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September : Energy war room a success

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16 September, 2015

Energy war room a success

Public Enterprises Minister Lynne Brown says the work of the war room set up to tackle the country's energy challenges has led to Eskom going for over 25 days without implementing load shedding.

 energy challenge, load shedding
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Eskom's acting CEO Brian Molefe has also projected that the country is likely to go without load shedding until March next year.

The minister and the CEO, accompanied by other officials who are part of the war room, said this when giving progress on the implementation of the five point plan that the Cabinet approved when establishing the war room in December.

"Today [marks 27 days] since we have not had any load shedding and it does not mean that we are out of the woods. It is in the same week to, and I am very grateful to the CE and his team, that Medupi Unit six has come on full commercialisation.

"This means that 800MW is on the grid and at the same time, we have had 900MW from Koeberg 2 and within that period, we have not seen any load shedding," she said.

The minister said load shedding has had an enormous impact on the lives of citizens and on the economy.

"I really want to assure citizens that through our integrated resource plan, we are working to intensify the diversification of the country's energy mix," she said.

The government's five point plan is divided into various components. The one aspect - supply side management - deals with immediate measures to improve the maintenance of plants and operational practices, co-generation, gas power generation and additional sources of supply and sourcing more power from independent power producers.

This is a short to medium intervention aimed at limiting the risk of load shedding.

The second aspect - the demand side management - looks at finances and procurement, skills and regulatory issues, long-term issues with short-term implications and communications.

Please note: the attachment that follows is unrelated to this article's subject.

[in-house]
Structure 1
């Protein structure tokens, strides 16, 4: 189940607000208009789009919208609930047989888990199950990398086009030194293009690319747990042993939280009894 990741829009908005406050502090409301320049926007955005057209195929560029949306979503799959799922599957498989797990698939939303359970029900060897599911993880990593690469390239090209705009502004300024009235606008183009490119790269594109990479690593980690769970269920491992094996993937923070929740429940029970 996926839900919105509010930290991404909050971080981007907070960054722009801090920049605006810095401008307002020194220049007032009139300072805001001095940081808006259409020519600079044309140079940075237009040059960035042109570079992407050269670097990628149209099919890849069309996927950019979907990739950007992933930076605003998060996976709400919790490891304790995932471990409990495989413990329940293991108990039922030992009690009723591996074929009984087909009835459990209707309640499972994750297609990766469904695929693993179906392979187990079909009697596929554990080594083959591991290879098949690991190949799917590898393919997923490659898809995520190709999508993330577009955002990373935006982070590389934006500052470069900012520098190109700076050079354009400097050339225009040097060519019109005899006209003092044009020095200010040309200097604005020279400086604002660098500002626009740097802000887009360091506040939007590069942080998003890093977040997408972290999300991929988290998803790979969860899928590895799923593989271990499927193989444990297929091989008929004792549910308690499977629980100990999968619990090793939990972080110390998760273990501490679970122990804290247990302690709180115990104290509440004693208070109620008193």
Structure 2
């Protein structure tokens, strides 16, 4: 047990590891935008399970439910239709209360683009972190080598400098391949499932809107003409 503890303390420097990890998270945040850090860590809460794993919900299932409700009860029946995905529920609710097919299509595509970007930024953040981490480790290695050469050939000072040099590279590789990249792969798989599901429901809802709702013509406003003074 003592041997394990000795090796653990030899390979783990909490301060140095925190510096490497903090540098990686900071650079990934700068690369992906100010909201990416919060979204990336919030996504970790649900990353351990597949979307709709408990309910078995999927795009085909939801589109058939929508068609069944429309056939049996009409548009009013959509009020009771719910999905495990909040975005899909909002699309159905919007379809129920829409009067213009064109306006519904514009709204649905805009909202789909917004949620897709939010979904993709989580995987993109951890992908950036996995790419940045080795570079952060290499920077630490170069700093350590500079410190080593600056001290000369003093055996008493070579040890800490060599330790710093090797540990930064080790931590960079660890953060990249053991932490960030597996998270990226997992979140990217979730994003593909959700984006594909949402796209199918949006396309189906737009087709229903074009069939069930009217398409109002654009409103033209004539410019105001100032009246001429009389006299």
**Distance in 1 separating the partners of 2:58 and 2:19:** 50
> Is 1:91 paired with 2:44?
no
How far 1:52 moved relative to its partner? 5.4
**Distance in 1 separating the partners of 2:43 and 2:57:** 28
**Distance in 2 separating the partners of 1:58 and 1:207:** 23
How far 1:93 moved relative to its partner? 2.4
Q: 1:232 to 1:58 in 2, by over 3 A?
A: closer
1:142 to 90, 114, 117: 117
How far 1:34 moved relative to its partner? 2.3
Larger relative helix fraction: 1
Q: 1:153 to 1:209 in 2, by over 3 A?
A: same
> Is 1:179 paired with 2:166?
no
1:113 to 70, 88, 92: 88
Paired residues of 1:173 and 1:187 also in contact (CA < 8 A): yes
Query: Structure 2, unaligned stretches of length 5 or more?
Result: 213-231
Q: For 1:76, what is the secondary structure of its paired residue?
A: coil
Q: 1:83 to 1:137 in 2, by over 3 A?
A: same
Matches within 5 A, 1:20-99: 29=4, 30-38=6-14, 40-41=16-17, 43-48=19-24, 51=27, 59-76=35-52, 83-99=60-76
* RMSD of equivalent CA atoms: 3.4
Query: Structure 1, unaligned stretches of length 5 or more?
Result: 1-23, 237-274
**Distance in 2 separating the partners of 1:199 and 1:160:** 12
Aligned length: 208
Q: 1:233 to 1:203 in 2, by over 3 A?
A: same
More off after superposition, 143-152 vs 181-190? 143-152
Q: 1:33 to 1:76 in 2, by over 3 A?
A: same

The minister said the war room has made progress on some aspects of the five point plan.

"At the end of March, because we were in the war room, the Department of Energy, the Department of Public Enterprises and Eskom signed an agreement of about 800MW of co-generation."

"Work is underway to ensure that new energy is continuously brought on to the power grid through the various projects," she said.

Eskom projects no load shedding until March 2016

Meanwhile, Eskom's acting CEO Brian Molefe said the power grid's installed capacity stood at 43500MW in May 2015.

With the peak demand standing at 32180MW at the time, he said the power utility was forced to implement load shedding due to a shortfall of 2180MW after 6500MW of power was lost due to planned maintenance, while 7000MW un unplanned maintenance, or plant break downs, brought the system under a lot of strain.

He said with the excess capacity over the past month, Eskom was able to avoid load shedding.

"Installed capacity is now 44262MW from 43500MW.

"We had planned maintenance of 4608MW and we had unplanned maintenance of 6757MW.

In addition, we had available to us the gas turbines of 2244MW that we did not switch on the 2nd of September because demand was only at 30,653MW.

Molefe said Eskom's capacity outlook was positive, and added that the power utility was unlikely to implement load shedding from September this year until March 2016.

"Between September and March, our projected demand will actually stay [within the system's available generating capacity].

"As long as projected demand is [within the available generating capacity], we do not have load shedding."